The Transporter and Natasha Henstridge play some cops in the future who have to go to colonized future Mars because future Ice Cube, a real badass future criminal, is awaiting an interplanetary transfer to another futuristic prison. It’s directed by John Carpenter and takes place in the future.

The future cops and Ice Cube have to team up to fight some disembodied spirits of an ancient Martian race that have been possessing some colonial miners, turning them into self-mutilating murderous psychos.

What could go wrong, right? Entertaining cast and an awesome director, right? Well Natasha Henstrisge doesn’t do any sexy-violent stuff, The Transporter doesn’t roundhouse kick anyone, and Ice Cube doesn’t rap or have any cool one-liners. The pace is boring as fuck and the possessed miners look like The Crow with infected botox injections in their foreheads and a bunch of dumb hieroglyphics burned on their cheeks. They look like Marilyn Manson if he conditioned his hair and stuck his head in a waffle iron.

I have heard the film described as a misunderstood homage to Carpenter’s own Assault on Precinct 13, which I think is a pretty superficial stretch. Maybe I am “misunderstanding.” Sure there are cops being attacked by a seemingly endless army of bad guys, but that’s where the similarities end as far as I can tell. I think it shares more with Pitch Black (which was released only months before) where the future cops have to team up with future Vin Diesel to battle the army of scary aliens on the foreign planet.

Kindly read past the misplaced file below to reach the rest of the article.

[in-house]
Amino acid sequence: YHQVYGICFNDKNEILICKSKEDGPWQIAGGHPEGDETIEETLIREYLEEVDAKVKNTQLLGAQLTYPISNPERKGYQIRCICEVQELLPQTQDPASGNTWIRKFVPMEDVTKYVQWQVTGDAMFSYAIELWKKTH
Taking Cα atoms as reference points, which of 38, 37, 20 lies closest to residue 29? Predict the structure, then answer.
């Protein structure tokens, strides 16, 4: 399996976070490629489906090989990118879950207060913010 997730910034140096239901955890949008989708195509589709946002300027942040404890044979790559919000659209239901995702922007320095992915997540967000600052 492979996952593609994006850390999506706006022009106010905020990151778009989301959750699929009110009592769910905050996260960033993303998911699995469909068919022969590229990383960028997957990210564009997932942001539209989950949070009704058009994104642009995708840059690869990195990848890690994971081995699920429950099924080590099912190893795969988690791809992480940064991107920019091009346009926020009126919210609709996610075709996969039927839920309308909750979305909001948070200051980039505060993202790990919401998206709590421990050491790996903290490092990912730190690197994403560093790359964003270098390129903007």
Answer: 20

The Martian spirits are a malevolent cloud of dust that floats out of a subterranean door. Even if you kill one of the possessed motherfuckers, all you really did was release the Martian spirit dust so it can go possess someone else. The not-possessed people learn this rule, yet they continue to bust lethal caps in the Martian assailants. They decide to blow up the dust and the ending is basically one big drawn out “run away from the explosion we started” followed by a Shyamalanian zinger that you probably won’t care about.

REVIEW: The Thing (2011)

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The Thing 2011: D-
I am trying as hard as I can to think of a more predictable movie. Maybe Batman & Robin? Everything you think is going to happen happens, which especially sucks because the movie tries so hard to terrify with surprise Thing attacks.